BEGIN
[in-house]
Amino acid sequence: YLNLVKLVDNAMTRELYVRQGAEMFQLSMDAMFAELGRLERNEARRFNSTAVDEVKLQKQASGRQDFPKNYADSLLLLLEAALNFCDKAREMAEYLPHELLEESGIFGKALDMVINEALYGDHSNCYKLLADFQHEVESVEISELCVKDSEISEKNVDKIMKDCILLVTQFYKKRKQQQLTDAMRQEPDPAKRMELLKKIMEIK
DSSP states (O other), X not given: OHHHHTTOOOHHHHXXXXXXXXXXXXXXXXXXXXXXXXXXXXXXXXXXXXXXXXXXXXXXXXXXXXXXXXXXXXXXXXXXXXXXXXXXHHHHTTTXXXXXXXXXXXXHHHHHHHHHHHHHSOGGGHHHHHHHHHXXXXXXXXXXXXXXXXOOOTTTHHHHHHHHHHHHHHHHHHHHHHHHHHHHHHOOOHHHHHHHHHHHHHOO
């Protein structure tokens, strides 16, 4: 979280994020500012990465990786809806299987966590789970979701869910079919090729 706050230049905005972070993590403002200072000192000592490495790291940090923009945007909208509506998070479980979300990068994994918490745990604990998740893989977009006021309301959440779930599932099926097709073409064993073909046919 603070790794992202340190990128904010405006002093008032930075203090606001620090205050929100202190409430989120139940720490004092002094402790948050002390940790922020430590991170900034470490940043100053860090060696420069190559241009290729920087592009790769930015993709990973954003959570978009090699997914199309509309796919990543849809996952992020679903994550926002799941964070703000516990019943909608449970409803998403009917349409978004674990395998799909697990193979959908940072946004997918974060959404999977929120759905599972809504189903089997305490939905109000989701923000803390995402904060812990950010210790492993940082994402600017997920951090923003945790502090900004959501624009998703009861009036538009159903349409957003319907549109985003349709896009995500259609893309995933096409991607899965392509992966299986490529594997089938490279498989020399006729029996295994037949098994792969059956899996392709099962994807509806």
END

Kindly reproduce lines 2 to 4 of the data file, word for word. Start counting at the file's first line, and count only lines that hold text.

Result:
Amino acid sequence: YLNLVKLVDNAMTRELYVRQGAEMFQLSMDAMFAELGRLERNEARRFNSTAVDEVKLQKQASGRQDFPKNYADSLLLLLEAALNFCDKAREMAEYLPHELLEESGIFGKALDMVINEALYGDHSNCYKLLADFQHEVESVEISELCVKDSEISEKNVDKIMKDCILLVTQFYKKRKQQQLTDAMRQEPDPAKRMELLKKIMEIK
DSSP states (O other), X not given: OHHHHTTOOOHHHHXXXXXXXXXXXXXXXXXXXXXXXXXXXXXXXXXXXXXXXXXXXXXXXXXXXXXXXXXXXXXXXXXXXXXXXXXXHHHHTTTXXXXXXXXXXXXHHHHHHHHHHHHHSOGGGHHHHHHHHHXXXXXXXXXXXXXXXXOOOTTTHHHHHHHHHHHHHHHHHHHHHHHHHHHHHHOOOHHHHHHHHHHHHHOO
């Protein structure tokens, strides 16, 4: 979280994020500012990465990786809806299987966590789970979701869910079919090729 706050230049905005972070993590403002200072000192000592490495790291940090923009945007909208509506998070479980979300990068994994918490745990604990998740893989977009006021309301959440779930599932099926097709073409064993073909046919 603070790794992202340190990128904010405006002093008032930075203090606001620090205050929100202190409430989120139940720490004092002094402790948050002390940790922020430590991170900034470490940043100053860090060696420069190559241009290729920087592009790769930015993709990973954003959570978009090699997914199309509309796919990543849809996952992020679903994550926002799941964070703000516990019943909608449970409803998403009917349409978004674990395998799909697990193979959908940072946004997918974060959404999977929120759905599972809504189903089997305490939905109000989701923000803390995402904060812990950010210790492993940082994402600017997920951090923003945790502090900004959501624009998703009861009036538009159903349409957003319907549109985003349709896009995500259609893309995933096409991607899965392509992966299986490529594997089938490279498989020399006729029996295994037949098994792969059956899996392709099962994807509806």